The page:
Understanding gambling

What is gambling?

The definition of gambling is to play a game that you pay to participate in, the outcome of which is largely, or even entirely, down to chance.

This includes, for example, lotteries, scratch cards and roulette. The following games are particularly addictive:

  • On most of these machines, the aim is to get 3 identical symbols.
  • The stop button gives the player the impression that they are in control of the game
  • However, the outcome of these games is entirely down to chance
  • The game happens very quickly and only lasts for a few seconds

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  • The purpose of this is to place bets on game results, for example, football results.
  • Bets can be placed on the outcome of the game and also on events, such as the number of yellow cards handed out during a game.
  • In what is known as ‘live betting’, bets can be placed on various events even during a game.
  • Lots of players find live betting particularly appealing as it is faster, which they find more exciting.

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  • The aim is to use your cards to beat other players, either by having the best cards or by bluffing.
  • In poker, bluffing means pretending to have good cards. If the other players believe you, then you can get ahead in the game.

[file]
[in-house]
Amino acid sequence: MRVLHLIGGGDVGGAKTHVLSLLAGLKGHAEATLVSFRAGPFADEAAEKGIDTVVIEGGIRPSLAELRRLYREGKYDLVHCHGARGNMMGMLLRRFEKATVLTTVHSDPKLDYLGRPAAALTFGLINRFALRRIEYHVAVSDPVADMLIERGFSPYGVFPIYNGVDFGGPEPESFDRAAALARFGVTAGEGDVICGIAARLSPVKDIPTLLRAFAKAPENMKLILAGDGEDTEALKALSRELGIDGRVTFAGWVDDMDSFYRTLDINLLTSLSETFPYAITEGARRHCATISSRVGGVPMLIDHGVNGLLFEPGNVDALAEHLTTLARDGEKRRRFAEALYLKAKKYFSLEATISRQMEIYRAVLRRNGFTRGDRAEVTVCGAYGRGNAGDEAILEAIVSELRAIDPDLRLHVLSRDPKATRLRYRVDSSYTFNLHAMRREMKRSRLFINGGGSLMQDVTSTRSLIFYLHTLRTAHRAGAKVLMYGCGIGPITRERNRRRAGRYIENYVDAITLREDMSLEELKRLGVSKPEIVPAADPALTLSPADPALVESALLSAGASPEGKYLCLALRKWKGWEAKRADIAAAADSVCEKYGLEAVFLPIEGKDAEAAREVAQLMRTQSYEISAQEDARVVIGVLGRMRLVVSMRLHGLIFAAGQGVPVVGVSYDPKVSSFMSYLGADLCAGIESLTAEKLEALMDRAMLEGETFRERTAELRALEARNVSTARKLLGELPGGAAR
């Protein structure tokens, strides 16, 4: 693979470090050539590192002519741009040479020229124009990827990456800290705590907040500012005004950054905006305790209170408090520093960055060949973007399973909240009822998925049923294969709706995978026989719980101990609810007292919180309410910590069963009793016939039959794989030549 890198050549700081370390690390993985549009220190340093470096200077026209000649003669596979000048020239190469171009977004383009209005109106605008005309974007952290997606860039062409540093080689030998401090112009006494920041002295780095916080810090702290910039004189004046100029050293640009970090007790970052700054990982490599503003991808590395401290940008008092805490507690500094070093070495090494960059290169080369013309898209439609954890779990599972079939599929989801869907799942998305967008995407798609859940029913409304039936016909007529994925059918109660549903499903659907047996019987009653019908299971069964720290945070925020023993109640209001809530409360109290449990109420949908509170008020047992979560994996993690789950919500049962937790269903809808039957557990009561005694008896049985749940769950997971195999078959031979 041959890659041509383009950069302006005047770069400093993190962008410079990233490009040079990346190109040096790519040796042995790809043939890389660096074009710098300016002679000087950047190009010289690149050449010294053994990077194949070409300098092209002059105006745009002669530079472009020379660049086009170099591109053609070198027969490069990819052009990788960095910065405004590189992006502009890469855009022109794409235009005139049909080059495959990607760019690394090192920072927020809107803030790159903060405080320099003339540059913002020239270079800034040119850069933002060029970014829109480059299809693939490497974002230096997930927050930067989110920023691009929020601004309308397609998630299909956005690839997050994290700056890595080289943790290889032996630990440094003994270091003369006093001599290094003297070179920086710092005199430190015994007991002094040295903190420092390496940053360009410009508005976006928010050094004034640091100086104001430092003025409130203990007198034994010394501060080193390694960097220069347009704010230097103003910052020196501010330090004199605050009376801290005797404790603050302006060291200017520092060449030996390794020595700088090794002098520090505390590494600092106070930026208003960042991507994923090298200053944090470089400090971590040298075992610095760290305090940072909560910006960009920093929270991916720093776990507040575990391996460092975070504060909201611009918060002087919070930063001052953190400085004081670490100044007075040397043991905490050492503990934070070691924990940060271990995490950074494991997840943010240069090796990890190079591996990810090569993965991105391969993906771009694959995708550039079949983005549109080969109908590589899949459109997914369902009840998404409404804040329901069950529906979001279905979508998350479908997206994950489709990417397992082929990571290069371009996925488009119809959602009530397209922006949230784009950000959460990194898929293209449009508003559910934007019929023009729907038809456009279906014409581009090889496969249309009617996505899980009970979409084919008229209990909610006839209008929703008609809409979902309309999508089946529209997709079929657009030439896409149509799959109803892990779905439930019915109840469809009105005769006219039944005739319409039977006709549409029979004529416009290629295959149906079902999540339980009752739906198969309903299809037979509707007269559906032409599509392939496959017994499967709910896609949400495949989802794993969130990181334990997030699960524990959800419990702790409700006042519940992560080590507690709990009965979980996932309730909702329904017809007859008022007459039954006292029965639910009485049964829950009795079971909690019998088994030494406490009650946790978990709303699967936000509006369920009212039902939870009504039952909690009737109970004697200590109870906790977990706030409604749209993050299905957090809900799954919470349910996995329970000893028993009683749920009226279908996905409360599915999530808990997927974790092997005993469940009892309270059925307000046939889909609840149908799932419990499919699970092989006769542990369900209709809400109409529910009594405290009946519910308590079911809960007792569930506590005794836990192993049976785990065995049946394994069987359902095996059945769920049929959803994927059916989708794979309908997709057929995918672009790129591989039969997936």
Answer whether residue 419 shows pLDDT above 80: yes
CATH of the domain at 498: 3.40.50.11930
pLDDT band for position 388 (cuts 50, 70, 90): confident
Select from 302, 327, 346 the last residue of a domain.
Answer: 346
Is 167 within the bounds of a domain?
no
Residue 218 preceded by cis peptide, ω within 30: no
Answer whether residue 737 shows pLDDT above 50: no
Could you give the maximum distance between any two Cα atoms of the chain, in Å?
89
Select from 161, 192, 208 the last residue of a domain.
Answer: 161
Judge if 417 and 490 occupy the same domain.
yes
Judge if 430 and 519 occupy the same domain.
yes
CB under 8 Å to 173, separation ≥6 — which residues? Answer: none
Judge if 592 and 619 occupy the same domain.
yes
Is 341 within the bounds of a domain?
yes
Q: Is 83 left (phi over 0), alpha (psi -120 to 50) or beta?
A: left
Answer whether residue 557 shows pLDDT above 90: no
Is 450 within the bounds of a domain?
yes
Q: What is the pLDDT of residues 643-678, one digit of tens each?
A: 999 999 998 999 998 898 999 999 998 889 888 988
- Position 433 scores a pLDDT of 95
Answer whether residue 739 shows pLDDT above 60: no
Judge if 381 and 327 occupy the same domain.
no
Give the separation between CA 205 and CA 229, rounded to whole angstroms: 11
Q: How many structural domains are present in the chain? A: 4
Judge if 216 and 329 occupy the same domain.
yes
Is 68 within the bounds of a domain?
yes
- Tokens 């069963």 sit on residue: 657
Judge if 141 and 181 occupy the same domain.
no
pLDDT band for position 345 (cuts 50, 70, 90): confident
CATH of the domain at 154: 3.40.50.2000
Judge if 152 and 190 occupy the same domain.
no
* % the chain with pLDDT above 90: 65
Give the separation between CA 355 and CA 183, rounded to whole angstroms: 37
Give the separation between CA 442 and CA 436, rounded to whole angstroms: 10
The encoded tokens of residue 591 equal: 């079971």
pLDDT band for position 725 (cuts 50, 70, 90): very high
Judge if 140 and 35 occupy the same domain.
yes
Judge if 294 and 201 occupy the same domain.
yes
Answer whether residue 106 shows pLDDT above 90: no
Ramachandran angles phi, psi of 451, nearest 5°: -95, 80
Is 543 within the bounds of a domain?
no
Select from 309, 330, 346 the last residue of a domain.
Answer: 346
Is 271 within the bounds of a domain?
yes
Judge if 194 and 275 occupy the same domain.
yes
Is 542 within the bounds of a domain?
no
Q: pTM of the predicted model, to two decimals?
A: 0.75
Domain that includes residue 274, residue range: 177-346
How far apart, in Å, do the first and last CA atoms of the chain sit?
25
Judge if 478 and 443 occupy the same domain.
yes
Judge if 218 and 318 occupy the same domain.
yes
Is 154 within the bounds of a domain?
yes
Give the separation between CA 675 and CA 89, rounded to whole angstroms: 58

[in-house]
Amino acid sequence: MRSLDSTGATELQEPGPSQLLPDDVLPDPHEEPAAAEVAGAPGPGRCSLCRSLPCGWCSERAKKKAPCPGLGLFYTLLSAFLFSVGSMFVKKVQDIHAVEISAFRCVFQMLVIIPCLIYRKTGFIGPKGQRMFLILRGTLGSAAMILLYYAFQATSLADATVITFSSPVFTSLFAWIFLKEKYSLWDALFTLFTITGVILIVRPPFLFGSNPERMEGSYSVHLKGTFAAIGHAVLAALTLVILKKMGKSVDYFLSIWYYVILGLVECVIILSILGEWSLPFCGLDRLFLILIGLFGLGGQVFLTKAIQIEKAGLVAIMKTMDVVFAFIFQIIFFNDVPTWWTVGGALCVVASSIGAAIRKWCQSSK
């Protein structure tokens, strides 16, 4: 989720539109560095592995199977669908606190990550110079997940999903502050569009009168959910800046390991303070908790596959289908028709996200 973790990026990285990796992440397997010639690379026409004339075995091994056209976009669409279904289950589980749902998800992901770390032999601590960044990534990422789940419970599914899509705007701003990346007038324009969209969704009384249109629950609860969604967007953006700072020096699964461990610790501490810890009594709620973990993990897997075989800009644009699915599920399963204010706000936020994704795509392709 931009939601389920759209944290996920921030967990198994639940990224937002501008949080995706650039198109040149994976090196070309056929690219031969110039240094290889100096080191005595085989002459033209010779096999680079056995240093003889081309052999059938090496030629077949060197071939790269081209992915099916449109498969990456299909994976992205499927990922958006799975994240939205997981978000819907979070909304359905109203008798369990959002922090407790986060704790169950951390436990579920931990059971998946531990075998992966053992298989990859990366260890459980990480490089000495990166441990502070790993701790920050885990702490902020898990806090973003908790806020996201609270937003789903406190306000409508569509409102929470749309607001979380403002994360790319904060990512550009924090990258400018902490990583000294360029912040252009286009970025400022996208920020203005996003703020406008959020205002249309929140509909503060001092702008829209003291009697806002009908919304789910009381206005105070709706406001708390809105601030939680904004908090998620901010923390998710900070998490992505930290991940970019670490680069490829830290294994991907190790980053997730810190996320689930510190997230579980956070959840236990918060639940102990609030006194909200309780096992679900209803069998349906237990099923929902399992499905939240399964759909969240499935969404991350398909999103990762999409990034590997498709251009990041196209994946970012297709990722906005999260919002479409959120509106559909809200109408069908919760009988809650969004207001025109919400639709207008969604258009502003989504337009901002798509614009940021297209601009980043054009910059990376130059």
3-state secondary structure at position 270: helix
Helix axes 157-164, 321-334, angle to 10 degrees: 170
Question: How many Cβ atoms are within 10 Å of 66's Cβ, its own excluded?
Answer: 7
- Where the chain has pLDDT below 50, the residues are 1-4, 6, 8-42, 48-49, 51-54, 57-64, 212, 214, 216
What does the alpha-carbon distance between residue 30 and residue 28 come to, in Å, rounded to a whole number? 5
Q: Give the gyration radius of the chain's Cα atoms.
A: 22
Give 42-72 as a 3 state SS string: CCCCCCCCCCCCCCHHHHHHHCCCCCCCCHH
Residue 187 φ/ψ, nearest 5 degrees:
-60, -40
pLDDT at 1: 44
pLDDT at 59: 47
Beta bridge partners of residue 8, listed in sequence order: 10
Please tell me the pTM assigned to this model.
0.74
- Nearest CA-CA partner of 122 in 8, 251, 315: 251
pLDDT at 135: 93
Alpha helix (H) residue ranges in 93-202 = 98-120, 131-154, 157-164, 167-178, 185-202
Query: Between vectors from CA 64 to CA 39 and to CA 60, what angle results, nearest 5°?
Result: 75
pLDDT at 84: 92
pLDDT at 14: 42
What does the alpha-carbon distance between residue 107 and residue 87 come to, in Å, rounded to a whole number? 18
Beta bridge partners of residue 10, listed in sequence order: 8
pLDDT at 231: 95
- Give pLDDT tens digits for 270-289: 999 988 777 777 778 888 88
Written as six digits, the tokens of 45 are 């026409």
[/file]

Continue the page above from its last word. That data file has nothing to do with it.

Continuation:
• In the past few years, poker has become more popular as a result of a number of TV shows featuring celebrities such as Stefan Raab or Boris Becker.

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Gambling addiction is a recognised medical condition

At least four of the following must apply within a 12-month period

  • Thoughts centre around gambling
  • Increasingly high sums are being gambled
  • Multiple attempts to stop gambling have failed
  • These attempts made the affected person anxious and irritable
  • The affected person gambles particularly often during difficult times in their life
  • The affected person tries to win back the money they have lost by gambling again
  • The affected person lies to colleagues, friends or family members to hide their gambling problem or get more money.
  • Important social connections are put at risk
  • The affected person constantly hopes to get more money from people they know or from family members